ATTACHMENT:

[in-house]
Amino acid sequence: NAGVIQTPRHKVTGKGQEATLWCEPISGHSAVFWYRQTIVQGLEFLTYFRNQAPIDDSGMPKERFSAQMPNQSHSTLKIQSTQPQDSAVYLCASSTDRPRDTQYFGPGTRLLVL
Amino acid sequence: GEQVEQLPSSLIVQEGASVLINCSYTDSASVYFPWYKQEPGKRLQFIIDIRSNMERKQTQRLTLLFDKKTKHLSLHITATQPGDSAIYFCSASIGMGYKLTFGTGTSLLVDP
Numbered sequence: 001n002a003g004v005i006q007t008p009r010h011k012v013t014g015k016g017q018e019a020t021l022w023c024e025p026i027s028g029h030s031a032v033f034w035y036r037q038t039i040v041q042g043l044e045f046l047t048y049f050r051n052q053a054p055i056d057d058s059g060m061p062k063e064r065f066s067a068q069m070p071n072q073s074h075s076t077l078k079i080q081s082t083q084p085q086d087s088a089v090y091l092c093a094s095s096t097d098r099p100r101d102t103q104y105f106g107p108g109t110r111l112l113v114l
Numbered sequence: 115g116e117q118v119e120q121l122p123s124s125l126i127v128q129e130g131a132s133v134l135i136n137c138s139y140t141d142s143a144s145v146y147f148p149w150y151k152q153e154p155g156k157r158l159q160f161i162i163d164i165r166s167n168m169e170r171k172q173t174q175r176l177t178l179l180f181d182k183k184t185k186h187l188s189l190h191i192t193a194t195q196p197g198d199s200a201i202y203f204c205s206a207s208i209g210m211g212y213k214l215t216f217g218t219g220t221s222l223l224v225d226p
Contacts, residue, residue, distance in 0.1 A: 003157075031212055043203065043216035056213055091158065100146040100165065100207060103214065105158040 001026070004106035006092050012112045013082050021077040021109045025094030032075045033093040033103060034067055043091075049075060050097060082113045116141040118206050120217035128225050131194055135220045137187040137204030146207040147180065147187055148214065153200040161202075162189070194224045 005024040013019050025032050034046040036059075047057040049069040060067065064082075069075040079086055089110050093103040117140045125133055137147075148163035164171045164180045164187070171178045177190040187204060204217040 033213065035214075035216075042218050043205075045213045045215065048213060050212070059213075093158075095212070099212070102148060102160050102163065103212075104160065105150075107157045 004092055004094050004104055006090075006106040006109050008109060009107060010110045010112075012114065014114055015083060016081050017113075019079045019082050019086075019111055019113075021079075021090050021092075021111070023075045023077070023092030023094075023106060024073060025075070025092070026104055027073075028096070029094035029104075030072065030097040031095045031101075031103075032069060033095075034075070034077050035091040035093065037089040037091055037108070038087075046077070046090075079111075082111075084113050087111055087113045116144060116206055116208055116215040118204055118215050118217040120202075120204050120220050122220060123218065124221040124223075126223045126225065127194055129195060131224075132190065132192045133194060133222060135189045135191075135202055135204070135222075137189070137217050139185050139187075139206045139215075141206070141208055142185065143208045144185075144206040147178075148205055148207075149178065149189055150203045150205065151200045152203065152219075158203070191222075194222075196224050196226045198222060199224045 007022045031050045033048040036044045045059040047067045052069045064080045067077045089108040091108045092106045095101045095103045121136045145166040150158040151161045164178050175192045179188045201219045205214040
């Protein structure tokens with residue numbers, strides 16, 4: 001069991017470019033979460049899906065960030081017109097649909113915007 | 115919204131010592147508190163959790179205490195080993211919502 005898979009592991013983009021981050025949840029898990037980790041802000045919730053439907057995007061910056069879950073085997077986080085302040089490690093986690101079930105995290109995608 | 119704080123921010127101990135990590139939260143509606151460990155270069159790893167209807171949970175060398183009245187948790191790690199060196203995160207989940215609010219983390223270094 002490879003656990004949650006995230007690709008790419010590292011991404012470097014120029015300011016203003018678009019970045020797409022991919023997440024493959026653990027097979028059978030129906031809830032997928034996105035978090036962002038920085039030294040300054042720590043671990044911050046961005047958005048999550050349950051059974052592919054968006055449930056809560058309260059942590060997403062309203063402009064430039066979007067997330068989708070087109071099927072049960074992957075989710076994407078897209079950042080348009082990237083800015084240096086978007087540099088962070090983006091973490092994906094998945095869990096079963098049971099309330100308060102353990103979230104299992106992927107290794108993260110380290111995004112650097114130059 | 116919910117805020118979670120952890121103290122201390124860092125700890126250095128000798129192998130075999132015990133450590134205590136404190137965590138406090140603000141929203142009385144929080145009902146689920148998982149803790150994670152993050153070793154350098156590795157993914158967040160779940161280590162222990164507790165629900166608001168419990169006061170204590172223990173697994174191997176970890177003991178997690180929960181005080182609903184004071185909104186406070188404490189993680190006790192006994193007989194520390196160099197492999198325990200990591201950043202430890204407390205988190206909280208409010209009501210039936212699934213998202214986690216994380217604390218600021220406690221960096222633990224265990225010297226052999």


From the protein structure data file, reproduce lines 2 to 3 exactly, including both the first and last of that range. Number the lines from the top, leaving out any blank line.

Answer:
Amino acid sequence: NAGVIQTPRHKVTGKGQEATLWCEPISGHSAVFWYRQTIVQGLEFLTYFRNQAPIDDSGMPKERFSAQMPNQSHSTLKIQSTQPQDSAVYLCASSTDRPRDTQYFGPGTRLLVL
Amino acid sequence: GEQVEQLPSSLIVQEGASVLINCSYTDSASVYFPWYKQEPGKRLQFIIDIRSNMERKQTQRLTLLFDKKTKHLSLHITATQPGDSAIYFCSASIGMGYKLTFGTGTSLLVDP